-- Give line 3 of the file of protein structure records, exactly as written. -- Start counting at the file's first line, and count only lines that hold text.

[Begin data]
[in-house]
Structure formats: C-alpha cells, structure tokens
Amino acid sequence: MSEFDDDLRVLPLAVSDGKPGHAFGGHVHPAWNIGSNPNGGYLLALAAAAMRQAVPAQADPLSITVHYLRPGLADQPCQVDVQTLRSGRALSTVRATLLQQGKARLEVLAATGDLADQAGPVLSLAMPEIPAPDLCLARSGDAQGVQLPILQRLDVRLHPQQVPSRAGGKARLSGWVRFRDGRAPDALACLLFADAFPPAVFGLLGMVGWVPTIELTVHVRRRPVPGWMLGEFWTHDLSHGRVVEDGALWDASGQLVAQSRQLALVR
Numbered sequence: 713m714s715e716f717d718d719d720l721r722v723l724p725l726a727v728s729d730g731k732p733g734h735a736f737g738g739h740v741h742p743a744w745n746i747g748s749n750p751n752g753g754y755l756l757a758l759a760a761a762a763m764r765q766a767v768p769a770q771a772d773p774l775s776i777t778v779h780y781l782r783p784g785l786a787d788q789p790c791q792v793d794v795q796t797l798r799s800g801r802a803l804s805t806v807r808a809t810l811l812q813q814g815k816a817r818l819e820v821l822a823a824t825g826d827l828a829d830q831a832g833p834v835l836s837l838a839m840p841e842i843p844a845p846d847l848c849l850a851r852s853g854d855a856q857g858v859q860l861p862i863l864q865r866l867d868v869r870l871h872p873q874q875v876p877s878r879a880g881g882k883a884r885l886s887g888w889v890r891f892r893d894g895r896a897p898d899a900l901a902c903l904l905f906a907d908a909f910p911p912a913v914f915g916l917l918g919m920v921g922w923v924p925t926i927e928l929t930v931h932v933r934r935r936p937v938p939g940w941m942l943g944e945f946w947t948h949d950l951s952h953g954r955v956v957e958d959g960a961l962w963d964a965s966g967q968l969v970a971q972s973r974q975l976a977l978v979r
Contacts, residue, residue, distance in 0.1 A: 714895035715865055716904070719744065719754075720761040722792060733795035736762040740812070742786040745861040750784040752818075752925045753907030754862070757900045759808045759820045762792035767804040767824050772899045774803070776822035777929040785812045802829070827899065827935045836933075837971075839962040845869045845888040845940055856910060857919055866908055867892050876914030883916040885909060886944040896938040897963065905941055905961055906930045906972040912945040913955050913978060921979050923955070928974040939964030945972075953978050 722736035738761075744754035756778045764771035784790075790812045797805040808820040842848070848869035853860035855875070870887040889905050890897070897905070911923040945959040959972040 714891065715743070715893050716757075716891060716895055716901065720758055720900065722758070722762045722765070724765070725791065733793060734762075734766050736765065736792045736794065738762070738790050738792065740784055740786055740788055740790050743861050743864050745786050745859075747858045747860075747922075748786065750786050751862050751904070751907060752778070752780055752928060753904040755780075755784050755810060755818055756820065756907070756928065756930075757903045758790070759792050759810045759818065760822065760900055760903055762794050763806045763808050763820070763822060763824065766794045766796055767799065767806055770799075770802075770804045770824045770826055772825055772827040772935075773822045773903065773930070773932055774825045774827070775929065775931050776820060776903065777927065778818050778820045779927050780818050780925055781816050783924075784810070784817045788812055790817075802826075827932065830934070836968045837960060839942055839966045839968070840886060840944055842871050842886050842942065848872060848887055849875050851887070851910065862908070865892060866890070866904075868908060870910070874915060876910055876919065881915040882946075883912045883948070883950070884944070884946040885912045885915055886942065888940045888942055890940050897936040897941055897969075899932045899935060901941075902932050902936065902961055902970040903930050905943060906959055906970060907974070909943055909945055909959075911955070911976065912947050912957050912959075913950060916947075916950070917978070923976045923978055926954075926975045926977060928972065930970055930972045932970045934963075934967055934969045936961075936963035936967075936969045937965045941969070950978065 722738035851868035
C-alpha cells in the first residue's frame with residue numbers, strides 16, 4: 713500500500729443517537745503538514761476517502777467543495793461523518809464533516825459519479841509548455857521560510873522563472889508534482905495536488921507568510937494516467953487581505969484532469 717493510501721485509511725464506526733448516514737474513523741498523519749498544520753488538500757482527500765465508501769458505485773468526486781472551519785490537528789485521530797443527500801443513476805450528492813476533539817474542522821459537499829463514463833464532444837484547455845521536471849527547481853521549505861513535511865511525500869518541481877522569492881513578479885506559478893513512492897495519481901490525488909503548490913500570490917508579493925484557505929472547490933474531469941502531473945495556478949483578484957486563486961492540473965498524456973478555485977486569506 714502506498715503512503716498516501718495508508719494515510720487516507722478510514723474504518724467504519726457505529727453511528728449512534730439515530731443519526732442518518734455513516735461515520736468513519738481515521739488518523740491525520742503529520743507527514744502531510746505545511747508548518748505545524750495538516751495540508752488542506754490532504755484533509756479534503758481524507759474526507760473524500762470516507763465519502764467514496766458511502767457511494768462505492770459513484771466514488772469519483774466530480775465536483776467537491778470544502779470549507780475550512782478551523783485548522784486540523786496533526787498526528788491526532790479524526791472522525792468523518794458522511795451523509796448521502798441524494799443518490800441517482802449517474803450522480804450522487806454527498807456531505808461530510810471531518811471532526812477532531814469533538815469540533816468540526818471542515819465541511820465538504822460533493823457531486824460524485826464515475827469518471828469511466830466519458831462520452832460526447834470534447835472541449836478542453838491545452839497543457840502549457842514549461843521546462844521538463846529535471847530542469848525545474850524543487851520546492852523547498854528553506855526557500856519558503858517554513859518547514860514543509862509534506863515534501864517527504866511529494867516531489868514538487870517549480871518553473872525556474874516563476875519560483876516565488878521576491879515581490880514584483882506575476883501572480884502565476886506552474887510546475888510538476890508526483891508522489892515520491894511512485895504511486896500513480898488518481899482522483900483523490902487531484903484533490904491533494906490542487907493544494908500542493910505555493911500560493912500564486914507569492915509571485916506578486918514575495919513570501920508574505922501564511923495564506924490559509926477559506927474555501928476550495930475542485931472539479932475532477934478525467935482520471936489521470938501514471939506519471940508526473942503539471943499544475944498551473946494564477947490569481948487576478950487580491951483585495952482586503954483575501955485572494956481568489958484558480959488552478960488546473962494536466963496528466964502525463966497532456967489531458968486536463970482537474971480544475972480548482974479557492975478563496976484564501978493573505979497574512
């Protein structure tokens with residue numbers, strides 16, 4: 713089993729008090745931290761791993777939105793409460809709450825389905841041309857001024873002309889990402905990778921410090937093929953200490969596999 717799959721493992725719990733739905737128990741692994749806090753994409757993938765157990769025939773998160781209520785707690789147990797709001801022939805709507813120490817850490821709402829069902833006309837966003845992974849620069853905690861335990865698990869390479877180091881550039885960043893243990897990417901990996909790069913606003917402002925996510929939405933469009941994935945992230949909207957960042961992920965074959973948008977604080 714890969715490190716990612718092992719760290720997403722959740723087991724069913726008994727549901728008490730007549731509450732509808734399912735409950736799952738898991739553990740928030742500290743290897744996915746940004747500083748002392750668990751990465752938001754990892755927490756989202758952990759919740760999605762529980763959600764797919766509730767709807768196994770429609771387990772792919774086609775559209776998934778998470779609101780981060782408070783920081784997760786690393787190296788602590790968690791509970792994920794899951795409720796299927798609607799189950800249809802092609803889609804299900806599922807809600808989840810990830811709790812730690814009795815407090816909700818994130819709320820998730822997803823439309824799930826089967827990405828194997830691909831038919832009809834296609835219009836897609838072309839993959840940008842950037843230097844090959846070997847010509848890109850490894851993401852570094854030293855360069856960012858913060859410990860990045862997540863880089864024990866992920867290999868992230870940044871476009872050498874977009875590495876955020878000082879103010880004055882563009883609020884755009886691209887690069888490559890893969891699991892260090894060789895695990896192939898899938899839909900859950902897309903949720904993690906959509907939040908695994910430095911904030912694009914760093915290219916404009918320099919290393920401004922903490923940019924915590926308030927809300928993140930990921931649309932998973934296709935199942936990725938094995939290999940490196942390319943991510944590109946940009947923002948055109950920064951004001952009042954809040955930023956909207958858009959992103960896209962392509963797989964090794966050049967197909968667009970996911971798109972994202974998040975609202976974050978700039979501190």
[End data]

Amino acid sequence: MSEFDDDLRVLPLAVSDGKPGHAFGGHVHPAWNIGSNPNGGYLLALAAAAMRQAVPAQADPLSITVHYLRPGLADQPCQVDVQTLRSGRALSTVRATLLQQGKARLEVLAATGDLADQAGPVLSLAMPEIPAPDLCLARSGDAQGVQLPILQRLDVRLHPQQVPSRAGGKARLSGWVRFRDGRAPDALACLLFADAFPPAVFGLLGMVGWVPTIELTVHVRRRPVPGWMLGEFWTHDLSHGRVVEDGALWDASGQLVAQSRQLALVR